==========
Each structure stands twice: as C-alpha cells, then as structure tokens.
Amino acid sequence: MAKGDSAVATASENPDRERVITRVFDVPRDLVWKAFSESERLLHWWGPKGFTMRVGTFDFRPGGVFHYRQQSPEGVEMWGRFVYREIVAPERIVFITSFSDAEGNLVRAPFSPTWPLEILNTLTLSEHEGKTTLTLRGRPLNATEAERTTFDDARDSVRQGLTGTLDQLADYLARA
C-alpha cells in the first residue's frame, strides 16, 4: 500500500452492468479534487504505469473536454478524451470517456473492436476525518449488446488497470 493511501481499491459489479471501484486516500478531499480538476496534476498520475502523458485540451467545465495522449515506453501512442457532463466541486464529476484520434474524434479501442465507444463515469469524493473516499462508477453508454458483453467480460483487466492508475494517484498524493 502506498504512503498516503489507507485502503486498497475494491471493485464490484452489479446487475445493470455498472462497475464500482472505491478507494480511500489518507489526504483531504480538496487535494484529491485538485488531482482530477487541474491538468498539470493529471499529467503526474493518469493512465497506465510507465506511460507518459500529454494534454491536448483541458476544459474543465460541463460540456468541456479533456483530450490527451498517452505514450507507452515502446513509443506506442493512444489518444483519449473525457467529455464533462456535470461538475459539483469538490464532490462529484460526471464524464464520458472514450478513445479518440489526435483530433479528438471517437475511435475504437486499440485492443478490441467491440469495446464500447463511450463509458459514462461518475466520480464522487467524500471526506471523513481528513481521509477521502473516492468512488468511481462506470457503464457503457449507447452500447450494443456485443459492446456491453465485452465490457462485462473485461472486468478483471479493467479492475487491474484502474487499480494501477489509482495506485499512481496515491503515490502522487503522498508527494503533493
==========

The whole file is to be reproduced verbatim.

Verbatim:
Each structure stands twice: as C-alpha cells, then as structure tokens.
Amino acid sequence: MAKGDSAVATASENPDRERVITRVFDVPRDLVWKAFSESERLLHWWGPKGFTMRVGTFDFRPGGVFHYRQQSPEGVEMWGRFVYREIVAPERIVFITSFSDAEGNLVRAPFSPTWPLEILNTLTLSEHEGKTTLTLRGRPLNATEAERTTFDDARDSVRQGLTGTLDQLADYLARA
C-alpha cells in the first residue's frame, strides 16, 4: 500500500452492468479534487504505469473536454478524451470517456473492436476525518449488446488497470 493511501481499491459489479471501484486516500478531499480538476496534476498520475502523458485540451467545465495522449515506453501512442457532463466541486464529476484520434474524434479501442465507444463515469469524493473516499462508477453508454458483453467480460483487466492508475494517484498524493 502506498504512503498516503489507507485502503486498497475494491471493485464490484452489479446487475445493470455498472462497475464500482472505491478507494480511500489518507489526504483531504480538496487535494484529491485538485488531482482530477487541474491538468498539470493529471499529467503526474493518469493512465497506465510507465506511460507518459500529454494534454491536448483541458476544459474543465460541463460540456468541456479533456483530450490527451498517452505514450507507452515502446513509443506506442493512444489518444483519449473525457467529455464533462456535470461538475459539483469538490464532490462529484460526471464524464464520458472514450478513445479518440489526435483530433479528438471517437475511435475504437486499440485492443478490441467491440469495446464500447463511450463509458459514462461518475466520480464522487467524500471526506471523513481528513481521509477521502473516492468512488468511481462506470457503464457503457449507447452500447450494443456485443459492446456491453465485452465490457462485462473485461472486468478483471479493467479492475487491474484502474487499480494501477489509482495506485499512481496515491503515490502522487503522498508527494503533493